Hope Sprouts For Global Recovery
SCOTT SIMON, host:
Of course, much of the financial world went to tailspin just about a year ago. Happy anniversary.
We're joined now by Clive Crook, columnist for The Financial Times and a senior editor of the Atlantic Monthly. Clive, thanks so much for coming in.
Mr. CLIVE CROOK (Financial Times; Atlantic Monthly): It's a pleasure.
SIMON: What's the status of that tailspin?
Mr. CROOK: Well, things do seem finally to be picking up. You know, in the U.S. the recession may actually have ended by now in terms of the numbers for output. Unemployment's still high and it just went up - the latest figures showed it going up on Friday. But I think we're through the worst of it and, you know, in the rest of this year and into next year I think we can expect to see growth resume and the economy getting back on its feet.
SIMON: Are there some parts of the world doing even better than that?
Mr. CROOK: A little better. I mean surprisingly, parts of Europe seem to be recovering faster than the U.S. That's novel. But that is happening. France and Germany had growth in the second quarter, whereas in the U.S. it was just a smaller decline than people have been fearing. So we might be a quarter behind France and Germany, but other European countries are really struggling. I mean the European picture's actually very mixed. The British economy's in trouble. Some of the Eastern Europe economies are in deep, deep trouble. So, you know, they're not out of the woods either.
SIMON: And some of those countries have larger unemployment rates than even the U.S at this…
Mr. CROOK: Oh, very much so, yeah. I mean the Friday figures showed unemployment in the U.S. rising to 9.7 percent, which I think was the worse in more than 20 years. It's a bad number. But in a lot of European countries that would be business as usual.
SIMON: What are some of the implications of a high unemployment rate that elective democracies have to worry about?
Mr. CROOK: Well, there are so many. I mean probably politically the most important thing is that they put governments under pressure to do things. Because of course, you know, economic insecurity, economic anxiety is so tied to that number, in the sense, you know, that you might be next. So it has, I think it puts a cloud over politics. And then there are obviously direct financial implications as well, if you are paying unemployment benefits and so on. Your tax base is squeezed because fewer people are working. That makes the budget deficit look worse than it otherwise would. I mean, you know, it's key to many critical aspects of economic policy.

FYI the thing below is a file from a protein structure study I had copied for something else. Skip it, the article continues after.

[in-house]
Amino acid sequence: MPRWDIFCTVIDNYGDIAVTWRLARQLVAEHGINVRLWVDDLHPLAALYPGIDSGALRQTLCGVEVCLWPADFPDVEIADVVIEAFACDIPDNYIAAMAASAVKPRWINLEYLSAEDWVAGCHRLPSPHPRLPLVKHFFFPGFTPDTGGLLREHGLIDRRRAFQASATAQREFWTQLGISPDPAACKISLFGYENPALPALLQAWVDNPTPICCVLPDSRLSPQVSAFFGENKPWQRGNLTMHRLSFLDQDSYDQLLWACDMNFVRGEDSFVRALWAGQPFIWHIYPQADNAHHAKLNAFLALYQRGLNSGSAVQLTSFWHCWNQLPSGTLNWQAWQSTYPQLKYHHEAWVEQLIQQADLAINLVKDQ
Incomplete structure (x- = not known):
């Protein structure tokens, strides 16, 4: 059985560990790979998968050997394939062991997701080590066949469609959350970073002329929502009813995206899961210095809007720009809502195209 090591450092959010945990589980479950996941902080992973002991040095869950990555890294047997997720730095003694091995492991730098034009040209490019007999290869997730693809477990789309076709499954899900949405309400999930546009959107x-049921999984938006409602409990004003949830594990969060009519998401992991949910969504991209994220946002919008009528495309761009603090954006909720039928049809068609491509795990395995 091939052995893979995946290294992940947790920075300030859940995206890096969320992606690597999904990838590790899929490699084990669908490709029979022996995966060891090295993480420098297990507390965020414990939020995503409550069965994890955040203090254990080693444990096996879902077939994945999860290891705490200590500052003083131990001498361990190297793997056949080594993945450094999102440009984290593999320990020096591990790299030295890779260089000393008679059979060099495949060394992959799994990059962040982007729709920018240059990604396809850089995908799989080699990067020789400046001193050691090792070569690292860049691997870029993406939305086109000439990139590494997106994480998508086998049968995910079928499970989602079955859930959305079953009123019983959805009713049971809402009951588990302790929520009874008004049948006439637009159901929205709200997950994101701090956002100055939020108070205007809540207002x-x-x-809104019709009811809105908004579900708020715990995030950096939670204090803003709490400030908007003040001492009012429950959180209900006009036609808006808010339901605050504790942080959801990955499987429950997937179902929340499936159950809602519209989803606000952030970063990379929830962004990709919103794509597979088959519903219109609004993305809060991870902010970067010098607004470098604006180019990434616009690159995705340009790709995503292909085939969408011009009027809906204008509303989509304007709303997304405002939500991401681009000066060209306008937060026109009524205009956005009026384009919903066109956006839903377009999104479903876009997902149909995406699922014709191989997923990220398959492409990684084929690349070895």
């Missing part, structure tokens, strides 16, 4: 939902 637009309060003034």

SIMON: G2, G20, forgive me, finance - it's been a long time since it's been G2, hasn't it? G20 finance ministers are in London this weekend. What do you expect to see out of that meeting?
Mr. CROOK: Well, this is really a meeting to prep for the big summit, the G20 summit in Pittsburg later in the month. The guys meeting in London are finance ministers and they are trying to come with an agreed scheme for tougher bank regulation. They've been talking about, you know, the various stimulus fiscal measures they've put in place - when it will be right to start easing back on those, when it will be safe to do that. Those, you know, somewhat technical economic issues.
I mean the real show is the summit, when the leaders gather. You know, Obama will be there and the prime ministers and presidents will there later this month.
SIMON: We've put the word out that you would be joining us as guest this morning. Let me run a question by you that I think might be central to talk of recovery.
How is the Fed going to support the dollar if China forces their hand and starts to sell off to cut losses?
Mr. CROOK: Well, it's a great question. And this one of the Fed's worst nightmares, is having - essentially all they can do is control interest rates. You know, it doesn't really have any other policy lever. If the Chinese start to flee from the dollar, that puts the dollar under pressure on foreign exchange markets. If the dollar falls, that creates a risk of inflation. Not right now, because the economy is so weak, but later.
So the Fed is going to be conflicted. It wants to keep interest rates low, you know, to stimulate the domestic economy. But if it sees the dollar tanking, it's going to be very worried about the implications of that further down the road. And that would argue for a rise in interest rates, you know, to support capital flowing into the U.S.
So the answer is that that scenario would have the Fed being pulled in two opposite directions. It's certainly not a situation that the fed wants to have to face. But it could well happen.
SIMON: We want to take advantage of your personal presence here this morning to a question that's somewhat off the mark of the economy.
Is Gordon Brown's government going to fall over the controversy that seems to be developing over the release, by Scottish justice officials, of Abdel Basset Ali al-Megrahi?
Mr. CROOK: Well, Gordon Brown's government is in all kinds of trouble anyway. I mean Gordon Brown is fantastically unpopular in Britain right now for a whole slew of reasons. And this - what can I say? This disgusting shambles over the release of al-Megrahi is just the latest in a long series of errors and extraordinary lapses of judgment, in my view.
So it may not be the specific thing that brings him down but it's beginning to look as if there's no way Labour can win the next general election in Britain. And the al-Megrahi thing isn't helping, because a lot of people in Britain feel as strongly about it as people in the U.S.
SIMON: Clive Crook, senior editor for the Atlantic Monthly and columnist for the Financial Times, thanks so much for being with us.
Mr. CROOK: You're welcome.
SIMON: And you're listening to NPR News.
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